By Jean-Philippe Amar
Josef Rosenblatt was born on May 9, 1882 in Bila Tserkva, in Ukraine. He came from a great dynasty of cantors. Considered a child prodigy, he started his career as a member of his hometown’s synagogue choir. He became a Chazan at the age of 18, in Hungary (Munkacs), then settled in Bratislava, and finally in Hamburg (Germany).
In 1912, he immigrated to the United States and became Chazan of an orthodox synagogue in Harlem.
Noticed for his great vocal technique, he was considered as the greatest cantor of his time. His fame went beyond the synagogue and the Jewish community. He gave many concerts as a soloist. Tenor, people called him the “Jewish Caruso”. Besides, he met with many lyrical singers of his time.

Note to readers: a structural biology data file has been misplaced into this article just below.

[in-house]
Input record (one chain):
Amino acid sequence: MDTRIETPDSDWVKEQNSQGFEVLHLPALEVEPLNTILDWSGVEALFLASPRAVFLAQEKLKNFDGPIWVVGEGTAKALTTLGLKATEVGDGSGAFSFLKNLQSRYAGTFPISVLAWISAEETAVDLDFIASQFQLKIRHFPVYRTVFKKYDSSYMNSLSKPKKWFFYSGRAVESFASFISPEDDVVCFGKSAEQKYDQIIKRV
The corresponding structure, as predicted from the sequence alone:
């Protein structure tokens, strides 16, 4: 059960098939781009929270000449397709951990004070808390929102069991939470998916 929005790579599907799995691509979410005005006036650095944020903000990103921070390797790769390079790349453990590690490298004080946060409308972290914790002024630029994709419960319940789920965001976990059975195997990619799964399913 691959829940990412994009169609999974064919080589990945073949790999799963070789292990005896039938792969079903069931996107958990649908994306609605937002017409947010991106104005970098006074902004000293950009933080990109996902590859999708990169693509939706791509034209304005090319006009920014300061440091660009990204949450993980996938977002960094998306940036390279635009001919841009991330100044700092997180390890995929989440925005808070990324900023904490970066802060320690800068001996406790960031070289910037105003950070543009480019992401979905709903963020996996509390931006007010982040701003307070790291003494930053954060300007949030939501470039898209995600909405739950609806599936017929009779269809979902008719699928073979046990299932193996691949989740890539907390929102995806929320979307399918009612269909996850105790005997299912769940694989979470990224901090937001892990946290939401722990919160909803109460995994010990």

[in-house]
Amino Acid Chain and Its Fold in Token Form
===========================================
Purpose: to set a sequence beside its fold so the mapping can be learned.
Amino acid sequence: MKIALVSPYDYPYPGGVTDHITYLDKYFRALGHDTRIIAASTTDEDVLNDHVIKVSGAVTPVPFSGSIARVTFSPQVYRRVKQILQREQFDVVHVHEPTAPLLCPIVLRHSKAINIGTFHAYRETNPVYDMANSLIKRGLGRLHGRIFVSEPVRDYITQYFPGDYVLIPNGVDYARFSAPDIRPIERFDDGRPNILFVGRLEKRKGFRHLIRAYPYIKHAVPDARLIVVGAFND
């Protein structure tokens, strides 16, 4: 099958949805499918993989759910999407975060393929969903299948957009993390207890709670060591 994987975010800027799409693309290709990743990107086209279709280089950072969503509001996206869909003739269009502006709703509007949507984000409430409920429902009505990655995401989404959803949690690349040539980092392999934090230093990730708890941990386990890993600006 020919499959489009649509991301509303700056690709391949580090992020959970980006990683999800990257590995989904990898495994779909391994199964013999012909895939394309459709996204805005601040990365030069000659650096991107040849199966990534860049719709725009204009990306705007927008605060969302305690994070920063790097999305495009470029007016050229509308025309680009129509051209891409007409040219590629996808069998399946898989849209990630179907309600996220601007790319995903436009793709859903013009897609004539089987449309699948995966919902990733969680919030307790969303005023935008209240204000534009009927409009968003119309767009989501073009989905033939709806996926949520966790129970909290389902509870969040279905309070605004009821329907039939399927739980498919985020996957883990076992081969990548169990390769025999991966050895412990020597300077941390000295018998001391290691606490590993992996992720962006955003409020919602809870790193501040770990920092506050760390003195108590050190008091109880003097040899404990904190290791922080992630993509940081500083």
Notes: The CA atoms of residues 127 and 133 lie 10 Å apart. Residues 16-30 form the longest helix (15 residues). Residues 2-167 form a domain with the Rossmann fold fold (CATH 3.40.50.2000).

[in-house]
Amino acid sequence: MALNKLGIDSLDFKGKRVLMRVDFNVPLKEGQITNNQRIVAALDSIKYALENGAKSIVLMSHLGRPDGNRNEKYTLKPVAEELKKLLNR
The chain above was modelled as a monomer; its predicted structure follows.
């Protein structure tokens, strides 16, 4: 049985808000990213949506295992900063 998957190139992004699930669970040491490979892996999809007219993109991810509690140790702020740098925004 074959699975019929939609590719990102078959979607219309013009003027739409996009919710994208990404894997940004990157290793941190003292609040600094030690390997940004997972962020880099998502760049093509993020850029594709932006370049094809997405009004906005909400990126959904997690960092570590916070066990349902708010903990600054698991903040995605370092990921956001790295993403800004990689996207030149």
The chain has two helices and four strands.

In 1927, he appeared in the first talking movie: « The Jazz Singer ». Toscanini asked him to sing and perform the main character in the opera La Juive, be Halévy (Jacques-Fromental Lévy), but Rosenblatt declined the offer, as he wished to sing only for the cult, or at least for the glory of God. For the same reason, he declined a job offer at the Chicago’s opera.
Mastering a variety of vocal techniques, Rosenblatt largely influenced the cantorial music, making his time a golden age for cantors. One characteristic of his style, the “krekhtz”, a kind of emotional singing weep. Rosenblatt was also a great composer, around 200 of his pieces have been preserved.
He died in Jerusalem on June 19, 1933.
Selective discography :
Jewish Liturgy – 7 great cantors, Buda Music, 92581-2
Yiddish popular songs, 92595-2, Buda Music
Yiddish New-York Paris Warsaw 1910-1940, Frémeaux & Associés, FA 025, 1994
Od Yosef Chai, Mostly Music, 2010
The Complete Recordings: Cantor Josef Rosenblatt (Rosh Hashanah), Collectors Guild, 2009